Based on your comment that you'll be riding 90% road, look at a decent entry level road bike like a Giant Contend, Trek 1.2, Cannondale Synapse, etc.

If you really think you'll be riding both road and gravel, make sure you get tires at least 28mm wide or consider a cyclocross/gravel bike with drop bars.

Originally Posted by Clem von Jones View Post
The Fuji Roubaix Elite comes close (when it's on sale) with its Oval 724 wheelset. Entire bike at 15.5lbs. according to the Fuji website
Fuji Bikes | Roubaix Elite
Originally Posted by Boondocksaints View Post
I'd get a Bikes Direct Road Bike for $1,500 price range. Can't beat the value for the dollar they give.

[url=http://www.bikesdirect.com/products/road_bikes.htm]Save up to 60% off Road Bikes, Free Ship 48, Schwinn, GT, Kestrel, Fuji, Motobecane and more Road bikes. Authorized dealer for Schwinn, GT, Kestrel, Fuji, Motobecane, Mercier, Gravity, Dawes road bikes. Shimano Carbon Road Bikes, Titanium Road Bikes, http://www.bikesdirect.com/products/road_bikes.htm .
I quote these because they are about all the advice you need. If you are going to a bike store which only carries big-name bikes, those are some good places to start.

If you can put on wheel and handlebars and adjust brakes and shifters, BikeDirect ... spend about $600 now and in a year spend that $1500 when you know exactly what you want.

Fuji is Excellent value. I might recommend the Sportif/Gran Fondo range to start with ... you probably don’t need a super-racy bike as a first road bike.

The Only piece of advice I can actually add ...

Got to a lot of shops and ride a lot of bikes.

We can tell you what we like. Only you can figure out what really speaks to you.

Visit some shops, ride some bikes and you can come back here with more specific questions for Stage Two of the process.
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Old 10-30-17, 05:11 AM
  #11  
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You can get a lot of bike for your money at the $1500 and less mark on the used market.

1-5 yr old bikes with higher end groupsets and/or wheels. Heck some of my favorite paint/color schemes seem to go back to 2011-2012 range since now everything seems a one solid fluoro color or black. And those bikes still look current/new in design.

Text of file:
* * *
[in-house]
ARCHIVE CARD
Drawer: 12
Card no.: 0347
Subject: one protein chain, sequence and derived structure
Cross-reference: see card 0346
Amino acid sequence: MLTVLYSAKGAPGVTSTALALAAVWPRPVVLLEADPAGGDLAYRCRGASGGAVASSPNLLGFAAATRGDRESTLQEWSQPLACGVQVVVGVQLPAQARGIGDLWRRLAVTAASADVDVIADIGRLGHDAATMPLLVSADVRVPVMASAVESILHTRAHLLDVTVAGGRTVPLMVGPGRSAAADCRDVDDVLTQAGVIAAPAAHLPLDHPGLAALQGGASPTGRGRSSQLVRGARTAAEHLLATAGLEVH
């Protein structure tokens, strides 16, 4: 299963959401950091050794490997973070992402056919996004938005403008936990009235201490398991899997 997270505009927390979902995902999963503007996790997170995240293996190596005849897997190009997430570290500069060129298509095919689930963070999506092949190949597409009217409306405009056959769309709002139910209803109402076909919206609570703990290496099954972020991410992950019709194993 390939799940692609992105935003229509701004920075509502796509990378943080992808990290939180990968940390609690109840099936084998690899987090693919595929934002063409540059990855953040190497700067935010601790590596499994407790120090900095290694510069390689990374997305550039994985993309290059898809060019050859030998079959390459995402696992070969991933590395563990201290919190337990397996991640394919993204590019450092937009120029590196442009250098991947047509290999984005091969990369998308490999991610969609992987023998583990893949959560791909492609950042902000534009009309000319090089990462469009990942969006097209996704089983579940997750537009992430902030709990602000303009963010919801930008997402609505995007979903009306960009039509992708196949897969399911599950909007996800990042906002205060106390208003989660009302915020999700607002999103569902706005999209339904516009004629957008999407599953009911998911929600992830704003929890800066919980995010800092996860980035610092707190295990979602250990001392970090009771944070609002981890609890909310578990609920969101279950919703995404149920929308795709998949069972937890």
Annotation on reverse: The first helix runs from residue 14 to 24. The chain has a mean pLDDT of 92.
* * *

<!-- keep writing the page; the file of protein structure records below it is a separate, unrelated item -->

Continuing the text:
Try some shops for old inventory as well. My local Specialized dealer still has several new Sram Apex Specialized Tarmac's from 2013, 2014 etc for like $1300.
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Old 10-30-17, 06:17 AM
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My wife is interested in getting back into cycling after about 20 years off. Her requirements are women's specific endurance geometry, disk brakes, 105 level components, and clearance for 32c tires, which will be good for some of the gravel bike paths we have in the area. Before we started shopping, I set the budget at $2k and looked at Trek, Specialized, Giant, Cannondale, Bianchi, Performance, Bikes Direct, Raleigh, Canyon, Diamondback and probably a few others that I don't recall.

I am getting her the women's version of this Diamonback Century 1 for eight hundred bucks. The carbon frame/hydraulic disk version is $1600, but she agreed that it's not worth it right now to spend an extra $800 to save 2 pounds.

I've become less of a fan recently of sending people to bike shops for a new bike. Two of my good friends did that in the past year and dropped $4 & 6k on their first bike, which I thought was ridiculous.

My advice is to:
  1. Think carefully about how you are planning to use the bike
  2. Write down a list of requirements
  3. Check your size with the Competitive Fit Bike Fit Calculator
  4. Visit a few shops to get a feel for how different types of bikes fit
  5. Update your requirements
  6. Buy the cheapest bike that meets your requirements

By the way, my wife's original requirements were for a comfortable bike for short rides in an upright position, so I bought her a second-hand Gazelle Omafiets, which she hates because it is so heavy and slow. The point is that your requirements are going to change as you get more riding experience so don't spend too much on your first bike. If you get into cycling it won't be your last.
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Old 10-30-17, 06:53 AM
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Many brands will have a bike at that target price point, go find a bike shop test tide the shop and their bikes.